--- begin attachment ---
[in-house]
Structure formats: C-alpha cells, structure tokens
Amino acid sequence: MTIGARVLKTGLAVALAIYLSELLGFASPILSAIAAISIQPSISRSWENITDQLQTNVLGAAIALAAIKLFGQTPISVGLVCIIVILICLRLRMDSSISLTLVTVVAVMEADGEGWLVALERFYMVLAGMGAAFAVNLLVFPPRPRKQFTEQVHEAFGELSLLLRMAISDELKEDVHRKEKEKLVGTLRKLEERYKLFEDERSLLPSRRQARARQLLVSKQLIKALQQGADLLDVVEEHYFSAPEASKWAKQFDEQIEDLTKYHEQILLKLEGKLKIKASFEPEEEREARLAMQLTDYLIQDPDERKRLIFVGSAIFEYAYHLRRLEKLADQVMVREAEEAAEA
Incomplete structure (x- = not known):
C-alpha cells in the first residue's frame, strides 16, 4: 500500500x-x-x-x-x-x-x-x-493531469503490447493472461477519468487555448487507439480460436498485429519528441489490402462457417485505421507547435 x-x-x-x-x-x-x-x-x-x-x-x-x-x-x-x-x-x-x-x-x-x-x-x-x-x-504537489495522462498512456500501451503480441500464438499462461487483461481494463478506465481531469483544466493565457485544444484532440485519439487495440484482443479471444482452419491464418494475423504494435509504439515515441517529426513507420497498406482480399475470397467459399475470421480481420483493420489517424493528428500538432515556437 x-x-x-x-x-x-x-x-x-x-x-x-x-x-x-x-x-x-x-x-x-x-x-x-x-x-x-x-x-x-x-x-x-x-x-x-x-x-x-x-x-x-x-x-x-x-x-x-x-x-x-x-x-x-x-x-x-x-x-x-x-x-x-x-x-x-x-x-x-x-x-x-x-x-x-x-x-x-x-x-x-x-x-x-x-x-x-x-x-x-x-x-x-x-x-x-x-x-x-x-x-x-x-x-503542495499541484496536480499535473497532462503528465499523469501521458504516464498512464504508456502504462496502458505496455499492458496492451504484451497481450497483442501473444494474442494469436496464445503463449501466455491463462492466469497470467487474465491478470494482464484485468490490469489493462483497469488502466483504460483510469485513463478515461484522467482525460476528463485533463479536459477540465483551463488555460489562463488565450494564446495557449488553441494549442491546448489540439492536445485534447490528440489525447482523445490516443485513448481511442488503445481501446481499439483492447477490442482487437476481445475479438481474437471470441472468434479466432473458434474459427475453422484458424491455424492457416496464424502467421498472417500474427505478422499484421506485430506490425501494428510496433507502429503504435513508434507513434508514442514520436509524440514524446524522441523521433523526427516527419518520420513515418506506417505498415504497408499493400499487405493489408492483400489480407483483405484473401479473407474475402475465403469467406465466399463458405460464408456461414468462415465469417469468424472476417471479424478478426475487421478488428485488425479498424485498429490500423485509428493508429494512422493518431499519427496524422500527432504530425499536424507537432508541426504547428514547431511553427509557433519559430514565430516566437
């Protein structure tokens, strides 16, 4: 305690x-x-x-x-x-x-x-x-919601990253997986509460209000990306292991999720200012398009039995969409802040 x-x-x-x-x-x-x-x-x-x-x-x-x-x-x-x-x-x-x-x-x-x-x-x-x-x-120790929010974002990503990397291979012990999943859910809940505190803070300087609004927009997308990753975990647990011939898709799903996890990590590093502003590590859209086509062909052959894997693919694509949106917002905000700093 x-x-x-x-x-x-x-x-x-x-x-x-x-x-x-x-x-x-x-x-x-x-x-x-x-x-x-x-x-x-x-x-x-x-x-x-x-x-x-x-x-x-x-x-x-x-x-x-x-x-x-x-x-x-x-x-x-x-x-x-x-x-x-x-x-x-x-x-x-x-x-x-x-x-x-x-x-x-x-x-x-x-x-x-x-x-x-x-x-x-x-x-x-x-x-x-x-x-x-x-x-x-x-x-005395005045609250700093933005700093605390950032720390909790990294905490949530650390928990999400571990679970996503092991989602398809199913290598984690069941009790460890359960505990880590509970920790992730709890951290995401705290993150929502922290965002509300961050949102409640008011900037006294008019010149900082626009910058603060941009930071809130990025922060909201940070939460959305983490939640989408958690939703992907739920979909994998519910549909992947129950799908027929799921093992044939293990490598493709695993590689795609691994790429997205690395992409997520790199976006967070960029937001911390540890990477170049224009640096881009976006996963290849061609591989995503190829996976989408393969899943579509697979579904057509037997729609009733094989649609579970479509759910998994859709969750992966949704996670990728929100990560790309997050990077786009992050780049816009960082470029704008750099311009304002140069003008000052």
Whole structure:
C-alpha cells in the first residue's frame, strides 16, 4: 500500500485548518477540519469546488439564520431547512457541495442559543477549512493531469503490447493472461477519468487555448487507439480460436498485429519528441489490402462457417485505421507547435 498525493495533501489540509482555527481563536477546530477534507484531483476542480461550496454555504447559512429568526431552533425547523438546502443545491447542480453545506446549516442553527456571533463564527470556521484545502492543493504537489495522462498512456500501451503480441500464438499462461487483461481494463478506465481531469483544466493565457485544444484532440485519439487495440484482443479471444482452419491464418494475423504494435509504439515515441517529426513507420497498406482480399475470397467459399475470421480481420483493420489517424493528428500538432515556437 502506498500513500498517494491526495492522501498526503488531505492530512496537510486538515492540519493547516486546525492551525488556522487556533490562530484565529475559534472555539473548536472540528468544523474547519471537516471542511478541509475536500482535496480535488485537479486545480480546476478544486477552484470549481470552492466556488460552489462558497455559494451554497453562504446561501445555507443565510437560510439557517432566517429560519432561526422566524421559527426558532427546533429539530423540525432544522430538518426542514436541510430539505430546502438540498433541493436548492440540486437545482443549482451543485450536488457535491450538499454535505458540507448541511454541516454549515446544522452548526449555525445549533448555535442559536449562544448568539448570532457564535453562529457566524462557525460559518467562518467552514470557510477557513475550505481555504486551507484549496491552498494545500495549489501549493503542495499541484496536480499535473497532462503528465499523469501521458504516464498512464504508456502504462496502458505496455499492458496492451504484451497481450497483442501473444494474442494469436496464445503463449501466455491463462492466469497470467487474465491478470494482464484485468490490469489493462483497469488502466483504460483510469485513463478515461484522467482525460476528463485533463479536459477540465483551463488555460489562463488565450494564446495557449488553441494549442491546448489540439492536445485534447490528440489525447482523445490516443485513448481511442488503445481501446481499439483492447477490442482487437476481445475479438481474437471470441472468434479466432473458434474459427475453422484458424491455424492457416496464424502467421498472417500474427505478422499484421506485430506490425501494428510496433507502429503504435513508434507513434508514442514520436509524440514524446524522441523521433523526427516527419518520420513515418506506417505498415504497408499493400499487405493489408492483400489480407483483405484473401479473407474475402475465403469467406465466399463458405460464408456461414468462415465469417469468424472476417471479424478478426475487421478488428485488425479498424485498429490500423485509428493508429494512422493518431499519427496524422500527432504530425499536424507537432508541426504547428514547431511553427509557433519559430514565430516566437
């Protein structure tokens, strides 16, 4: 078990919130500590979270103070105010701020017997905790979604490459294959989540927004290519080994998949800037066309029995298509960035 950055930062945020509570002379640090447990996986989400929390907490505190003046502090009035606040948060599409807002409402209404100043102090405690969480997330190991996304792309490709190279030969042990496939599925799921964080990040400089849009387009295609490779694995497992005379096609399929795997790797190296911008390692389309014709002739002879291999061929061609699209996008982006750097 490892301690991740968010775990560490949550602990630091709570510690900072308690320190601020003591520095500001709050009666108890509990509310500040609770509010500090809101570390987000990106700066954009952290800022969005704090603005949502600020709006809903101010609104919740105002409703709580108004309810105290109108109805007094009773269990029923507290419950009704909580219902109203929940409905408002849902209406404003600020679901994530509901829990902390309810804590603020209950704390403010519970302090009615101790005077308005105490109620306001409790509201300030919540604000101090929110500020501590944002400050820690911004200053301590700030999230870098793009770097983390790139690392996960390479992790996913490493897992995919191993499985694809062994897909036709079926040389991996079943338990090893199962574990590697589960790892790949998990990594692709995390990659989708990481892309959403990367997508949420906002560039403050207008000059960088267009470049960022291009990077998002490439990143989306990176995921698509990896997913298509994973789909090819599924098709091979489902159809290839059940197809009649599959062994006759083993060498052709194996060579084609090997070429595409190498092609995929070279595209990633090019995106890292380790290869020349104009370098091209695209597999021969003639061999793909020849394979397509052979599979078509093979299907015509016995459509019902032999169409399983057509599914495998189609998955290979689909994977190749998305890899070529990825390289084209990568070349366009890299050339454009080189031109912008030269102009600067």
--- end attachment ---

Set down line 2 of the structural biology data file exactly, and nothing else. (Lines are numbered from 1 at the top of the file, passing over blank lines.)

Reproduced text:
Structure formats: C-alpha cells, structure tokens